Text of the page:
By Steve Kabelowsky Contributing Columnist Published Aug 16, 2012 at 1:03 PM

For those of us with children in our lives, your kids or someone else's, you know how incredibly stressful this time of year can be.

The summer winds down and it is time to get the little ones ready to go back to school.

Area radio hosts working the morning drive know that a large part of their listening audience returns when the classroom doors open. For some stations, it's both the children and their parents who will make the music, information and fun a part of their morning routine.

For Kidd O'Shea and Elizabeth Kay, back to school is a time to get the community to work together. They used their airwaves at WMYX-FM 99.1 to mobilize others for a drive for school supplies.

"What we need you to do is come here and help us fill this bus," O'Shea said on the air Tuesday, seeking donations from the community to fill a yellow school bus at the Walmart in New Berlin.

The station crew spent the day at the bus, and hundreds of donations came in, according to O'Shea. Feeding America Eastern Wisconsin will distribute the supplies to children in the area.

NOT NORMAL: If you watched WTMJ-TV Ch. 4 for any of the local newscasts since Monday morning, you may have noticed something different. The station is in the midst of scrapping and rebuilding a new set in its main studio. For now, the anchors are working from what looks like leftover pieces from various sets in the past.

Morning anchors Vince Vitrano and Susan Kim always offer a unique perspective recorded from Vitrano's phone for a daily "NewsBurst." Here, you can see the temporary support beams holding up the makeshift set above their heads.

I'm guessing the station's management waited until after the Olympics closed to start construction. And, I'm also guessing they are hoping to debut the new set before the October sweeps period starts.

SOMETHING NEW: "The Price Is Right" is on the search for a male showcase model. Right now, the game show on CBS has four female models showing off the prizes for host Drew Carey. A web series will help narrow the contestants to six finalists and viewers will ultimately decide who will show the item for who will be the next contestant to "Come on down!"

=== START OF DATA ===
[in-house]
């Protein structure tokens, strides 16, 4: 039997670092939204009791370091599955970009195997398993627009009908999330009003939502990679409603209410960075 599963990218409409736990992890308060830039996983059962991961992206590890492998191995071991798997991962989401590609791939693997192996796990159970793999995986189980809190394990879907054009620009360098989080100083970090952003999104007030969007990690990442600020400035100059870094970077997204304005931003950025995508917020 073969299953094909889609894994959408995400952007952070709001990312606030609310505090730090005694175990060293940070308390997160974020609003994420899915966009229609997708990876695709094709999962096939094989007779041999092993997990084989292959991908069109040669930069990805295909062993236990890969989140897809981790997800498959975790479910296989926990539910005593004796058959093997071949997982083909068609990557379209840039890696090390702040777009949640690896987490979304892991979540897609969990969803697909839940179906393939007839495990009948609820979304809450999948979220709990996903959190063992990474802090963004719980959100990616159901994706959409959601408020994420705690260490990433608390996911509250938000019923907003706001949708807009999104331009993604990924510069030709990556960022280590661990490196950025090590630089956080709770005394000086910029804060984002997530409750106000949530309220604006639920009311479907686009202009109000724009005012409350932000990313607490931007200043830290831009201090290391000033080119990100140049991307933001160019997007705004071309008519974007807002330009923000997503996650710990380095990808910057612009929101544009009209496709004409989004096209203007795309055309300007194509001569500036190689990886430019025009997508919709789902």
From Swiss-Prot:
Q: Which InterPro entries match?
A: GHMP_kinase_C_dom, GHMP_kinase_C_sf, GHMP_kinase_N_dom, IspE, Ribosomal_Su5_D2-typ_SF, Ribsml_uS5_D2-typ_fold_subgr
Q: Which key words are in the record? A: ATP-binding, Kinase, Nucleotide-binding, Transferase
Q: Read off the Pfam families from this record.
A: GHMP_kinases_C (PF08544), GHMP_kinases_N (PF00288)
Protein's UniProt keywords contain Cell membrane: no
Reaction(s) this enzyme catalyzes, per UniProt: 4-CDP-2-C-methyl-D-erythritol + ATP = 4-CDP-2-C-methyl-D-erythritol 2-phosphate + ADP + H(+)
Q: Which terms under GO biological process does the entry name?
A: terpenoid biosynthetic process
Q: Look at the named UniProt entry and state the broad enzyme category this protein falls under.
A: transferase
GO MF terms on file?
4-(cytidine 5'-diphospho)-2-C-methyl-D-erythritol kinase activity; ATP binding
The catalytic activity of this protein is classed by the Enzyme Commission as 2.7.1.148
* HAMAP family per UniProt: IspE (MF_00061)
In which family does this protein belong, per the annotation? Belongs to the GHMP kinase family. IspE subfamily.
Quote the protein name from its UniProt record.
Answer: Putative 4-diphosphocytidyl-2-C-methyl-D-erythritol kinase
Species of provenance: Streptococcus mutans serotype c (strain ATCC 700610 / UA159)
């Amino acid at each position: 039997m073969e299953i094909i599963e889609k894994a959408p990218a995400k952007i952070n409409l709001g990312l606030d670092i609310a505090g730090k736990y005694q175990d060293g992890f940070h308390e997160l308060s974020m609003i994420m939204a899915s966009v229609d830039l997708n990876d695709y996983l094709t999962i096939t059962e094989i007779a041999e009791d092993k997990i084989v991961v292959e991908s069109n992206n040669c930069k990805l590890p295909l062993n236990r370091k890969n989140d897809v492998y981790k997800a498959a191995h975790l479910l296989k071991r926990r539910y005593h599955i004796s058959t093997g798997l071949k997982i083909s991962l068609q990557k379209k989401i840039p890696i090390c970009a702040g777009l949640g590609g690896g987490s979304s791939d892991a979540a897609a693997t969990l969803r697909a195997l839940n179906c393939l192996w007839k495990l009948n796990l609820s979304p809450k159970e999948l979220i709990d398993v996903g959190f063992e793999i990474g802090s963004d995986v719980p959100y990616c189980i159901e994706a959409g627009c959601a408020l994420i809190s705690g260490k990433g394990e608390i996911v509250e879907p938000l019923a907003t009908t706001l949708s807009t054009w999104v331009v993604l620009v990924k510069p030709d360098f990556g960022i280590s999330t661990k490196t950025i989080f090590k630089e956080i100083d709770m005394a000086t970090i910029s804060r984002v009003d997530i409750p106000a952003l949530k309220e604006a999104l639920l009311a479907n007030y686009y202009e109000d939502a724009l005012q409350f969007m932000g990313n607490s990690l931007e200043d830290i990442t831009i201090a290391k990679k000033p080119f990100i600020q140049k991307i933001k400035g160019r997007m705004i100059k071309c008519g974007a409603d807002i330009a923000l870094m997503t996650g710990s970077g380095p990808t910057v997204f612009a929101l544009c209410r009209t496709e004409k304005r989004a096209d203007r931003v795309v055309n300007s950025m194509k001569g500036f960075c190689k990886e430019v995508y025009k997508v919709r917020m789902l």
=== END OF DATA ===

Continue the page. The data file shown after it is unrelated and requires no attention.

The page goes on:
TV AND POLITICS: These two have gone together since the tube was invented. We watch election results and news reports from the campaign trail, and politics provides a backdrop for a number of comedies and dramas that have entertained us. On the show "The Boss," former "Frasier" star Kelsey Grammer plays a heavy, dark politico doing his best to conceal an illness while serving as mayor of Chicago.

The actor has the incredible opportunity to show his chops in this well-written series on Starz. In an interesting twist, Grammer claims his Republican loyalty in real life may have dropped him out of the running for an Emmy last season.

The Wrap presents the story following a pretty telling interview with Jay Leno. Is it possible a left-leaning voting member of the esteemed academy may have overlooked Grammer's performance in the dark drama? The actor thinks it could be possible.

Possible or not – I don't vote for the academy – I'm not sure. But I do know good marketing when I see it. Let's see, a political story about a political show on a smaller premium cable network getting headlines on NBC and here in the digital space ... hmm ...

Steve Kabelowsky Contributing Columnist

Media is bombarding us everywhere.

Instead of sheltering his brain from the onslaught, Steve embraces the news stories, entertainment, billboards, blogs, talk shows and everything in between.

The former writer, editor and producer in TV, radio, Web and newspapers, will be talking about what media does in our community and how it shapes who we are and what we do.